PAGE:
The three strikes won’t work. Nor will the spying. In the end, the *AAs, the distributors, everyone is just making everyone less and less likely to buy products. Keep treating me like a thief, and in the end you’ll force me to be one.

  5. Also, you should change your comment validation. One never knows when the comment arrived ok and is awaiting moderation, and when it just got lost!

  6. not to mention ant ftp systems, 3 strikes ok so idl a ptach for a game like wow through bittorrent or a free to play client like sword , how can they fdifferentiate between legal p2p and illigal p2p most files these fdays are compressed mislabled and passworded, makes it vbery hard to moniter.

    i do agree that piracy needs to stop

    but not at the cost of the net,
    even if you manage to stop bittorrents another system will take its place
    i dont see any viable way to stop it entirly
    every type of protection is hacked within days of coming out

  7. I’d love to know how this system is going to tell the difference between a truly illegal torrent, or me updating my copy of WoW or downloading a Linux distro? In short – it cannot *ever* determine if the traffic is illegal or not. It’s simply impossible. So instead they will try and tar all torrent traffic with the same brush. Truly ridiculous. Haven’t the EU got something better to be doing? Like, oh I don’t know, averting a global economic crisis?

  8. It would be nice if people would actually look up the definition of “stealing” and “theft” before they use it in an article. If I steal your wallet, then I have it and you don’t. If you steal my car, then you have it and I don’t. If I download a song from your computer, then we both have it, so how is this stealing? By no means am I saying illegal downloading is a good thing, I just don’t consider it to be stealing.
    As for stopping digital pirates, it can’t be done. Period. Pirates, IMO, are the pioneers of a new type of economy. Because they don’t pay for the digital media, companies are going to have to come up with new and better ways of making money of their products, such as offering free downloadable media with built in ads, similar to how TV offers free programs but with ads in between.
    And I would just like to point out: why would a person buy an .mp3 when they can watch the music video for free on youtube?

  9. “Quite frankly the ISPs would rather not have the thieves on their networks.”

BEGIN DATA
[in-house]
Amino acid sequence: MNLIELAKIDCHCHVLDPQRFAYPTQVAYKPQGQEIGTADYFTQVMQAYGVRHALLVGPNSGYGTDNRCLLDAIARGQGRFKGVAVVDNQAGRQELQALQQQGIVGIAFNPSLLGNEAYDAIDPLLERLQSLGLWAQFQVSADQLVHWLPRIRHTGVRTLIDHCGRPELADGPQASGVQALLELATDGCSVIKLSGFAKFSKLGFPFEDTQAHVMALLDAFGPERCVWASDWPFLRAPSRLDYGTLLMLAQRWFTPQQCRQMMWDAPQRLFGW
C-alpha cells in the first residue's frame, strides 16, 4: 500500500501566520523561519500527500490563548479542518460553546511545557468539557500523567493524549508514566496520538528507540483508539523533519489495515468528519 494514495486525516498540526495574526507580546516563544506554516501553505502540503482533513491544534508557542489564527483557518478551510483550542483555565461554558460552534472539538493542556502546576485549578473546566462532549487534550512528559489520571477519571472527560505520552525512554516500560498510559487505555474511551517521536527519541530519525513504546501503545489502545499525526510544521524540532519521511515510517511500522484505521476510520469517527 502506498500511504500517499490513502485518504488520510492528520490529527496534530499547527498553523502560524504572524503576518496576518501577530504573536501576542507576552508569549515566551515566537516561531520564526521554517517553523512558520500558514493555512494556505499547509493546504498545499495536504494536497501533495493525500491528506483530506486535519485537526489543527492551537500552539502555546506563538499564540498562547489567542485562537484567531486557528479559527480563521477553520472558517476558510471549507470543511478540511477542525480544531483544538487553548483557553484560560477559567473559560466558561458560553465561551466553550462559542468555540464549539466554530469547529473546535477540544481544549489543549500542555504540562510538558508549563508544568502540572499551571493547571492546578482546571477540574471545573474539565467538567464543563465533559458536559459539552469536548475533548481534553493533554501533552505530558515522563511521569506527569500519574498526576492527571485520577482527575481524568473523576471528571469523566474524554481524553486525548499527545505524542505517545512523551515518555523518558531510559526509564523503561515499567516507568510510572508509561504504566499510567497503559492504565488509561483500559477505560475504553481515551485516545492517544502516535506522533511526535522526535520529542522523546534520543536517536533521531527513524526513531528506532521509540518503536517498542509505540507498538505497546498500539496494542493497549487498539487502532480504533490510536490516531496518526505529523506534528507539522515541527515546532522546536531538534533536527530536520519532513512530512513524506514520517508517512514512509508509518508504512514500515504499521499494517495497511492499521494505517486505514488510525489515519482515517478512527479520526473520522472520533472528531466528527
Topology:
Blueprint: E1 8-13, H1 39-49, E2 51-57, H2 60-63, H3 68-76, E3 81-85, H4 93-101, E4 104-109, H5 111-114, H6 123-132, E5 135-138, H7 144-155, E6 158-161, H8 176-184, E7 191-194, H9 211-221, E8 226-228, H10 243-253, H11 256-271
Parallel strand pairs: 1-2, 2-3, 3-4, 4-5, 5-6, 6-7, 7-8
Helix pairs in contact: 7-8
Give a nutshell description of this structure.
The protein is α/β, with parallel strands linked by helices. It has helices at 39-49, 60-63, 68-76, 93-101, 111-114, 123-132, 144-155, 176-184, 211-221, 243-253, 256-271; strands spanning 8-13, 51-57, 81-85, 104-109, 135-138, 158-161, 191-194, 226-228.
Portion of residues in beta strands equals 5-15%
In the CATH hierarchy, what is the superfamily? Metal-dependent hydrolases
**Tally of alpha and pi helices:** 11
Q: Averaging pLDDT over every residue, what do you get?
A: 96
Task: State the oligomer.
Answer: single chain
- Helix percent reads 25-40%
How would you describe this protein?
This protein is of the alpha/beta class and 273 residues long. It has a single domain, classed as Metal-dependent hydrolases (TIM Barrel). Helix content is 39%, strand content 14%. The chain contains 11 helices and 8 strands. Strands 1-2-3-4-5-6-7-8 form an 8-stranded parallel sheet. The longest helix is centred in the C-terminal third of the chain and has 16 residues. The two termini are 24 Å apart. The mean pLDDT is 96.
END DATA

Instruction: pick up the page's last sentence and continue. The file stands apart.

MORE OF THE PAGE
True now- but only recently.

    While the attitude 5-10 years ago was very much a neutral, “we don’t police the internet”, I don’t think it’s a coincidence that the attitudes now that it’s video that’s (both legally and illegally) consuming large amounts of bandwidth while the ISPs are also selling TV services.

    Watch the latest episode of Doctor Who through Virgin and your speed gets throttled to 75%. In other words, you can’t use your unlimited 8Mb broadband to provide your television from iPlayer, 4OD, Sky Anytime, YouTube etc. etc.

    But you can pay to access iPlayer through Virgin or BT’s private VOD service…

  10. This post gives an interesting (unintended) insight into the reasoning (panic) that leads to the adoption of inappropriate DRM systems when only faulty or incomplete information is available.

    The BPI are lobbying hard to get laws like this in place, where ISPs would be forced to compromise their customers’ privacy to line the recording industry’s pockets. Such laws are as unworkable for an ISP as they would be for the Post Office.

    Where will the “thieves” kicked from one ISP go? Internet access is a utility now, and it is in no ISP’s interest to throw away customers for the sake of concerns about their infrastructure’s ability to cope. This is the very reason traffic shaping and throttling were implemented.

    I for one would not like to see the games industry adopt the same lazy and unscrupulous litigation-based tactics that have destroyed the reputation of the BPI and RIAA.

    Trying to better understand why people will choose to pay for games instead of pirate them (after all, piracy has always been an available option) would be more productive than fruitlessly looking for a ‘silver bullet’ to stop committed pirates.

  11. “The BPI are lobbying hard to get laws like this in place, where ISPs would be forced to compromise their customers’ privacy to line the recording industry’s pockets. Such laws are as unworkable for an ISP as they would be for the Post Office”

    Ooh I like this.

    Expecting ISPs to monitor all traffic everywhere is like expecting the Post Office to open and read all letters. Completely unacceptable on both a technical or moral background.

  12. So . . . . . we kill off bittorent, and everybody jumps onto mIRC and uses bots. Good luck in trying to differentiate between people sending legal and pirated data in that scenario. Piracy has killed the PC Bruce, i agree, we know, we get it . . . . . Its the only real reason the 360 and PS3 exists because they are harder to run illegal material